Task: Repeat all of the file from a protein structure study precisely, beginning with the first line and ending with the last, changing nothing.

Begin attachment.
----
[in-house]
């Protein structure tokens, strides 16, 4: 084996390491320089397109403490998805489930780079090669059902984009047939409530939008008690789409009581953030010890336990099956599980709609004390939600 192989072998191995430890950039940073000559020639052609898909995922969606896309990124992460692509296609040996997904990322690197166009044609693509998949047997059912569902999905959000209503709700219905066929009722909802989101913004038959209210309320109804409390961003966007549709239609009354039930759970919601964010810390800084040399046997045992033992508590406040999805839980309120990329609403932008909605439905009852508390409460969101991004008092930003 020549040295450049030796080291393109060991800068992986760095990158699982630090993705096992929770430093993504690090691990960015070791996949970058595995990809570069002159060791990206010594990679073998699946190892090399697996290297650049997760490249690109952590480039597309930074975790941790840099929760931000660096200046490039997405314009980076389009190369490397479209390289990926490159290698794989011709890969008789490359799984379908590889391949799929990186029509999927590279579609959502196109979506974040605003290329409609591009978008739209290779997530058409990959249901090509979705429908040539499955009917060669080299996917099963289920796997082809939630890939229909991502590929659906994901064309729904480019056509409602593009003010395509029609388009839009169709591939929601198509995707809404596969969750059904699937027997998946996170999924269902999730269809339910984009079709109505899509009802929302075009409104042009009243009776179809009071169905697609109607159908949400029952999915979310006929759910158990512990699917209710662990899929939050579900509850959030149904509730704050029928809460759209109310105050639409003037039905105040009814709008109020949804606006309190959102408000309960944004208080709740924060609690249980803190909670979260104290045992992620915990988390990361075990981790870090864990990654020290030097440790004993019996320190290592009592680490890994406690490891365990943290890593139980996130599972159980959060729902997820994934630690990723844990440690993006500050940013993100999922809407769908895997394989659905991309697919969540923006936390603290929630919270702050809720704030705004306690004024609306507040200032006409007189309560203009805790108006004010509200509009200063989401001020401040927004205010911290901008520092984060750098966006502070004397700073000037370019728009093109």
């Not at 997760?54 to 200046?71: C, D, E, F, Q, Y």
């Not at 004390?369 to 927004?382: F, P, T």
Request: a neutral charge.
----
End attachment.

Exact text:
[in-house]
């Protein structure tokens, strides 16, 4: 084996390491320089397109403490998805489930780079090669059902984009047939409530939008008690789409009581953030010890336990099956599980709609004390939600 192989072998191995430890950039940073000559020639052609898909995922969606896309990124992460692509296609040996997904990322690197166009044609693509998949047997059912569902999905959000209503709700219905066929009722909802989101913004038959209210309320109804409390961003966007549709239609009354039930759970919601964010810390800084040399046997045992033992508590406040999805839980309120990329609403932008909605439905009852508390409460969101991004008092930003 020549040295450049030796080291393109060991800068992986760095990158699982630090993705096992929770430093993504690090691990960015070791996949970058595995990809570069002159060791990206010594990679073998699946190892090399697996290297650049997760490249690109952590480039597309930074975790941790840099929760931000660096200046490039997405314009980076389009190369490397479209390289990926490159290698794989011709890969008789490359799984379908590889391949799929990186029509999927590279579609959502196109979506974040605003290329409609591009978008739209290779997530058409990959249901090509979705429908040539499955009917060669080299996917099963289920796997082809939630890939229909991502590929659906994901064309729904480019056509409602593009003010395509029609388009839009169709591939929601198509995707809404596969969750059904699937027997998946996170999924269902999730269809339910984009079709109505899509009802929302075009409104042009009243009776179809009071169905697609109607159908949400029952999915979310006929759910158990512990699917209710662990899929939050579900509850959030149904509730704050029928809460759209109310105050639409003037039905105040009814709008109020949804606006309190959102408000309960944004208080709740924060609690249980803190909670979260104290045992992620915990988390990361075990981790870090864990990654020290030097440790004993019996320190290592009592680490890994406690490891365990943290890593139980996130599972159980959060729902997820994934630690990723844990440690993006500050940013993100999922809407769908895997394989659905991309697919969540923006936390603290929630919270702050809720704030705004306690004024609306507040200032006409007189309560203009805790108006004010509200509009200063989401001020401040927004205010911290901008520092984060750098966006502070004397700073000037370019728009093109």
């Not at 997760?54 to 200046?71: C, D, E, F, Q, Y």
């Not at 004390?369 to 927004?382: F, P, T």
Request: a neutral charge.